Published case reports describe diagnosis of brain abscesses after an initial diagnosis of S. marcescens septicaemia and menin-gitis.[7,8] In our unit, three babies on whom cerebrospinal fluid (CSF) analysis had not been done died within 24 hours of onset of illness. Of the two survivors we describe, one had abnormal CSF analysis results of high protein, pleiocytosis and no organisms on culture, while the other had normal CSF results on two separate occasions. In both instances, the lumbar puncture and CSF analysis were done only after the diagnosis of septicaemia and commencement of antibiotic therapy. With the exception of only one patient, we describe changes in the brain before the diagnosis of Serratia infection had been made in the babies with acute onset of illness. We also describe the progression and changing pattern of these lesions. The progression seems to be that of ill-defined parenchymal hyperechogenicities, leading to cystic breakdown of these areas within 24 hours and culminating in areas of well-defined thick-walled cysts containing debris. The sizes of these thick-walled cysts tend to remain the same on serial imaging. We postulate that the initial changes represent areas of ischaemic injury, which progress to infarction and liquefaction, and that the cysts represent abscess formation within the brain parenchyma.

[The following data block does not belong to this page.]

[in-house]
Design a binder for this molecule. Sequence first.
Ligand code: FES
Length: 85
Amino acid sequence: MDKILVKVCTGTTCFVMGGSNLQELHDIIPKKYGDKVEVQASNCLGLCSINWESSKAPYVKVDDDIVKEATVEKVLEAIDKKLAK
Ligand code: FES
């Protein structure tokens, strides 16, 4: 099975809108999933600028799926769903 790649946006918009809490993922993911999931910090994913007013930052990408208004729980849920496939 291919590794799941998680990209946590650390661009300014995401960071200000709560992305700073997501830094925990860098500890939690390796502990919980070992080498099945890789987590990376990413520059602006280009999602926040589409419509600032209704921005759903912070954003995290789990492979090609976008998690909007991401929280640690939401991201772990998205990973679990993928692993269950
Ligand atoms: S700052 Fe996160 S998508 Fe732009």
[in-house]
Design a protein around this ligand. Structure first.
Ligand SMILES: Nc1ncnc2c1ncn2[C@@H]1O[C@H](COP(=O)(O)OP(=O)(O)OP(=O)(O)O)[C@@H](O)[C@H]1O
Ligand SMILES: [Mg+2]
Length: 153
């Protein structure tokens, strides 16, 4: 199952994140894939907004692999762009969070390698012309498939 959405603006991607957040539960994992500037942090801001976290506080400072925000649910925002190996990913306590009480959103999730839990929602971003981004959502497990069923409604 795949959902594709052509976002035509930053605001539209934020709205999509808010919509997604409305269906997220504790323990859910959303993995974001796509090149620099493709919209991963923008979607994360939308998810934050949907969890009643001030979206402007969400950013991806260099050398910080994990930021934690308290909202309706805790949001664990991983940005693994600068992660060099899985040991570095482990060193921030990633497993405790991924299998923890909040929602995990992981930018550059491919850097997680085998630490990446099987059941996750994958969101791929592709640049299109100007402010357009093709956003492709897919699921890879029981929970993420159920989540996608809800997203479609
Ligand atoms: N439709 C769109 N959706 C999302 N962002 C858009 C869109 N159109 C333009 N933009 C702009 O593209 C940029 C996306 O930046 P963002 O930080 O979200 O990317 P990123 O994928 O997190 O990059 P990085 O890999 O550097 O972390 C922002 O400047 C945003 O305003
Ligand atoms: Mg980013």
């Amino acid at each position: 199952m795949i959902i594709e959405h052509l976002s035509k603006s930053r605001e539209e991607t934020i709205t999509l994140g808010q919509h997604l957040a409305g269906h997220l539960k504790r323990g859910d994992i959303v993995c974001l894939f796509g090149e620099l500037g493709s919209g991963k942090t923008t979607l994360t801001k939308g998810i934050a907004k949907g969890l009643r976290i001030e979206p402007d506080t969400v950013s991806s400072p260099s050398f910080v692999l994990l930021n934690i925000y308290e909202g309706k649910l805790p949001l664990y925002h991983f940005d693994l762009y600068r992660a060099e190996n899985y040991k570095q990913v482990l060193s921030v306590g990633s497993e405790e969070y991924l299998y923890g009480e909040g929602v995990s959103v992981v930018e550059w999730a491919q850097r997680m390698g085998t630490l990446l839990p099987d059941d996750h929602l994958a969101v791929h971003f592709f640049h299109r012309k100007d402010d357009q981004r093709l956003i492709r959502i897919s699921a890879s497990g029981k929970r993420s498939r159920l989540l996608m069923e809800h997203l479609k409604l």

We conclude that in a neonate who suddenly and unexpectedly becomes ill, cranial ultrasonography should be an urgent additional investigation. If changes such as inhomogeneous hyperechogenicities are noted, brain affectation by a serious bacterial infection such as S. marcescens should be considered and appropriate antibiotic cover instituted without delay. Follow-up imaging within 24 - 48 hours and again within 7 and 14 days in survivors will aid in identifying progression of injury and planning for neurosurgical intervention and rehabilitation. We suggest that cranial ultrasonography should be performed more than once before discharge from hospital in all neonates diagnosed with Serratia septicaemia, regardless of the presence or absence of neurological symptoms or an abnormal CSF analysis. This is based on our subsequent observations of intracranial complications, including abscess formation in neurologically asymptomatic neonates with normal CSF findings, as in the case of patient 5. We also propose that good-quality bedside neuro-imaging can be undertaken with ultrasonography as often as clinically required in these critically ill neonates, without the need to move them from the NICU.